Hugged by snow-dusted mountains and giant pine trees, Lake Tahoe’s sapphire-hued waters have been luring city escapers from San Francisco since the gold rush era. Freshwater enthusiast and blogger Leslie Carvitto’s family is amongst the many generations that have made Lake Tahoe their summertime tradition. It was here that Leslie's dad and grandparents passed down a love for vast natural pools and the many ways to play in them.
How Leslie slides and glides across the water continues to evolve with the times—her mom introduced her to water skiing as a kid, now Leslie loves wakeboarding—but the reasons they return year after year never wavers. Leslie shares more about why her family made Lake Tahoe their annual haven and her advice for travelers on the multitude of watercrafts to enjoy Sierra Nevada's most pristine freshwater lake.
Words by Leslie Carvitto
In the summer of 1988, at just 9 months young, I made my inaugural trip to Lake Tahoe. The place had become my family’s seasonal sanctuary since 1970. Previous to discovering this gem of a location, their lake of choice was Clear Lake, a freshwater lake north of San Francisco. They didn’t have a boat at that time, but enjoyed catching rides with friends and learning various watersports.
Eventually, they decided it was time to invest in a boat of their own. My father, uncle, grandfather and great uncle all pitched in to purchase a 17-foot long motorboat for $900. Around the same time, they began searching for a more pristine vacation destination. Ironically, Clear Lake wasn’t actually clear and algae bloom was turning it greener every year. They set their eyes on Tahoe, the crystal clear lake nicknamed, “The Jewel of the Sierras.” Equipped with a new map and a new boat, the family piled into their 1968 station wagon and began the 6-hour road trip to the largest alpine lake in the country.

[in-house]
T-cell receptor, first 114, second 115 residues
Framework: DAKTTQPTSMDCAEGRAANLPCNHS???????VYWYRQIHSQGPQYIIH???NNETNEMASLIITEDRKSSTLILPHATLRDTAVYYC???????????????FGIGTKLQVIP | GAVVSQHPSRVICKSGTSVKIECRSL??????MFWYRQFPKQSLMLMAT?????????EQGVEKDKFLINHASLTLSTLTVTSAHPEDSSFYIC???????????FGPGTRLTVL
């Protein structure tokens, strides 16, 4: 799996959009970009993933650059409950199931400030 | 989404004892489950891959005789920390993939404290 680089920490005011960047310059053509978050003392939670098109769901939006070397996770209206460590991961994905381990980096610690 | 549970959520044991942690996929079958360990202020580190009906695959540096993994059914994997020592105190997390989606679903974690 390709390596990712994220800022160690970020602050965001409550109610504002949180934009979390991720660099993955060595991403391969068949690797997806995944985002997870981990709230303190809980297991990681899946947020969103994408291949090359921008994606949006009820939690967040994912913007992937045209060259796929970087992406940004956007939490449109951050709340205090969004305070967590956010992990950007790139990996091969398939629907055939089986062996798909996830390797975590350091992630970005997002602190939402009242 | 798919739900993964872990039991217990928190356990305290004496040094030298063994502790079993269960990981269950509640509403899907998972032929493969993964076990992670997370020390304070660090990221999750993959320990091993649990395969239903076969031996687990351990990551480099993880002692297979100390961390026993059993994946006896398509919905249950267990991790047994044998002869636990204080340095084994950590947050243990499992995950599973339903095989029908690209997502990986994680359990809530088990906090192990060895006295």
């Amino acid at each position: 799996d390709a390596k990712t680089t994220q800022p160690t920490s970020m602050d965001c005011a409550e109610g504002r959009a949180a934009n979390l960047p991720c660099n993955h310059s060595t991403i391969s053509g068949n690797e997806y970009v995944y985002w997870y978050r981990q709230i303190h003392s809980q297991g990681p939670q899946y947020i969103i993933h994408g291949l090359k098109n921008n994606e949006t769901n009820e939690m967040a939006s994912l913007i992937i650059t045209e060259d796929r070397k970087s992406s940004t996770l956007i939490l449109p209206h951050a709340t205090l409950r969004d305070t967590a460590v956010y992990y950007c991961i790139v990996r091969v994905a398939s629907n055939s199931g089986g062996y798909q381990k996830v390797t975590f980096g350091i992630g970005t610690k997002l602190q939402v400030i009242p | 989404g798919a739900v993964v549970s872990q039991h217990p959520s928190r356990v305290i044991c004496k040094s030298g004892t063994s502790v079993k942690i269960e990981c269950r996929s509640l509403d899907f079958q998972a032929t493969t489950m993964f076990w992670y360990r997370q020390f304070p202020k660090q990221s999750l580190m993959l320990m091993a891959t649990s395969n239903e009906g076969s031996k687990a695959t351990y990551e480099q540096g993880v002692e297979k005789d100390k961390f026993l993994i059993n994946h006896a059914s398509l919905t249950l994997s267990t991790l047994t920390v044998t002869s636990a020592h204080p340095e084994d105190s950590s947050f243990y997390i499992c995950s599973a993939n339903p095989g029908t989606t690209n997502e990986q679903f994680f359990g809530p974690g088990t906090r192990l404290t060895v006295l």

Upon arrival, the unobstructed lake views, soft sand beaches and unreal water clarity won both my grandparents and their kids over. They spent the week waterskiing, inner tubing, swimming, and sun worshipping at 6,000 feet. After the vacation ended, one thing was certain, they were absolutely returning next year.
It’s been 48 years since that first visit, and despite my grandparents passing, we continue to gather each year, our family expanding with marriages and children. Miraculously, it has worked out that every summer, we arrive from different cities and spend a week focusing on making memories.
I remember when I was really young, I would practice swimming until my lips were purple and my teeth were chattering audibly. Regardless of how cold the water was, I could spend hours diving into the clear depths and collecting anything from rocks to crawdads.
I look back and think about when my sisters and I would put out bear booby traps, hoping for a glimpse of the black bears we knew were hiding in the forests near our house. I recall the nights we would sit out on the deck after dark and watch thunder and lightning storms roll in. And I still remember the confusion I felt the first time someone outside the family (my sister’s boyfriend who is now her husband) was invited to our cherished vacation home. I felt fiercely protective of our space and time together. Spoiler alert: I got over it.